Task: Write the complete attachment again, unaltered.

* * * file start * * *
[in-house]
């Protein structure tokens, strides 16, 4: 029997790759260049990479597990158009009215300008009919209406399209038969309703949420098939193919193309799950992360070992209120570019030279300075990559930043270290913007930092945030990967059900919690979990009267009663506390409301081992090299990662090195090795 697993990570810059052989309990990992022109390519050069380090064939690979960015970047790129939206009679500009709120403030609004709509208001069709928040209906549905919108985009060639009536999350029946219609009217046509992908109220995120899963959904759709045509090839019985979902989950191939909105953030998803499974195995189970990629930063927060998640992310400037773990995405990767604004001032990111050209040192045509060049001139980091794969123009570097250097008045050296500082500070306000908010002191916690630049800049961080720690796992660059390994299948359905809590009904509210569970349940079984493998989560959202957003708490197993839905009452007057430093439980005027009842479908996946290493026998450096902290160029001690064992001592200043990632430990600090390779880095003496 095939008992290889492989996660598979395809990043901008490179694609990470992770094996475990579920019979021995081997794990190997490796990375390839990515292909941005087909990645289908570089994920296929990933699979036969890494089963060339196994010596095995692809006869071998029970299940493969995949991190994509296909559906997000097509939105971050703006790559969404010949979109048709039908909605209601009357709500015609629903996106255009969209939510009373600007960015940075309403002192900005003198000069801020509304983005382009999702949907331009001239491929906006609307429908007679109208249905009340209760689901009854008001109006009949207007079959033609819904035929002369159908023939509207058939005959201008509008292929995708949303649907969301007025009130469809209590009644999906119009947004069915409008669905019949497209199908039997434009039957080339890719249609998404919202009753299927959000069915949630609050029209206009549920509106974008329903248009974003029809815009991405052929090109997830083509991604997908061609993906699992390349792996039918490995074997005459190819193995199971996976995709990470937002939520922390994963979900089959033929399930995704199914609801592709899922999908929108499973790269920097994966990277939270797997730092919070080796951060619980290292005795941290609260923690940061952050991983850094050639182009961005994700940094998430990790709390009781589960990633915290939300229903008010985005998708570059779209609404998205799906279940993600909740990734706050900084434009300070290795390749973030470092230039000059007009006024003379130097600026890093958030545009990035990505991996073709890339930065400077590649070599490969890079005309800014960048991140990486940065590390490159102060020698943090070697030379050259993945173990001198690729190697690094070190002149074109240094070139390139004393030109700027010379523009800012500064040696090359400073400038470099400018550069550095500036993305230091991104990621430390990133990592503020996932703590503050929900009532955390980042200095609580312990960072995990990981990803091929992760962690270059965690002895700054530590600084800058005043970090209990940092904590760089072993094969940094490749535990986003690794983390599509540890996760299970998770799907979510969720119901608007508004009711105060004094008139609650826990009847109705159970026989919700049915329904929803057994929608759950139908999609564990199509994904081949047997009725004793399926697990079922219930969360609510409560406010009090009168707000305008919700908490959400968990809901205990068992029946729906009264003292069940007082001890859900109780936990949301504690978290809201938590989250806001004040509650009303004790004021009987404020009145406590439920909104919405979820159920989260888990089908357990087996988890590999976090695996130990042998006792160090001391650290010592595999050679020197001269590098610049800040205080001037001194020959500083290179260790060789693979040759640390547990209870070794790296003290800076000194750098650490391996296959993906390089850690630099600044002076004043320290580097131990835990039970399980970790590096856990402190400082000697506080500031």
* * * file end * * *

[in-house]
């Protein structure tokens, strides 16, 4: 029997790759260049990479597990158009009215300008009919209406399209038969309703949420098939193919193309799950992360070992209120570019030279300075990559930043270290913007930092945030990967059900919690979990009267009663506390409301081992090299990662090195090795 697993990570810059052989309990990992022109390519050069380090064939690979960015970047790129939206009679500009709120403030609004709509208001069709928040209906549905919108985009060639009536999350029946219609009217046509992908109220995120899963959904759709045509090839019985979902989950191939909105953030998803499974195995189970990629930063927060998640992310400037773990995405990767604004001032990111050209040192045509060049001139980091794969123009570097250097008045050296500082500070306000908010002191916690630049800049961080720690796992660059390994299948359905809590009904509210569970349940079984493998989560959202957003708490197993839905009452007057430093439980005027009842479908996946290493026998450096902290160029001690064992001592200043990632430990600090390779880095003496 095939008992290889492989996660598979395809990043901008490179694609990470992770094996475990579920019979021995081997794990190997490796990375390839990515292909941005087909990645289908570089994920296929990933699979036969890494089963060339196994010596095995692809006869071998029970299940493969995949991190994509296909559906997000097509939105971050703006790559969404010949979109048709039908909605209601009357709500015609629903996106255009969209939510009373600007960015940075309403002192900005003198000069801020509304983005382009999702949907331009001239491929906006609307429908007679109208249905009340209760689901009854008001109006009949207007079959033609819904035929002369159908023939509207058939005959201008509008292929995708949303649907969301007025009130469809209590009644999906119009947004069915409008669905019949497209199908039997434009039957080339890719249609998404919202009753299927959000069915949630609050029209206009549920509106974008329903248009974003029809815009991405052929090109997830083509991604997908061609993906699992390349792996039918490995074997005459190819193995199971996976995709990470937002939520922390994963979900089959033929399930995704199914609801592709899922999908929108499973790269920097994966990277939270797997730092919070080796951060619980290292005795941290609260923690940061952050991983850094050639182009961005994700940094998430990790709390009781589960990633915290939300229903008010985005998708570059779209609404998205799906279940993600909740990734706050900084434009300070290795390749973030470092230039000059007009006024003379130097600026890093958030545009990035990505991996073709890339930065400077590649070599490969890079005309800014960048991140990486940065590390490159102060020698943090070697030379050259993945173990001198690729190697690094070190002149074109240094070139390139004393030109700027010379523009800012500064040696090359400073400038470099400018550069550095500036993305230091991104990621430390990133990592503020996932703590503050929900009532955390980042200095609580312990960072995990990981990803091929992760962690270059965690002895700054530590600084800058005043970090209990940092904590760089072993094969940094490749535990986003690794983390599509540890996760299970998770799907979510969720119901608007508004009711105060004094008139609650826990009847109705159970026989919700049915329904929803057994929608759950139908999609564990199509994904081949047997009725004793399926697990079922219930969360609510409560406010009090009168707000305008919700908490959400968990809901205990068992029946729906009264003292069940007082001890859900109780936990949301504690978290809201938590989250806001004040509650009303004790004021009987404020009145406590439920909104919405979820159920989260888990089908357990087996988890590999976090695996130990042998006792160090001391650290010592595999050679020197001269590098610049800040205080001037001194020959500083290179260790060789693979040759640390547990209870070794790296003290800076000194750098650490391996296959993906390089850690630099600044002076004043320290580097131990835990039970399980970790590096856990402190400082000697506080500031």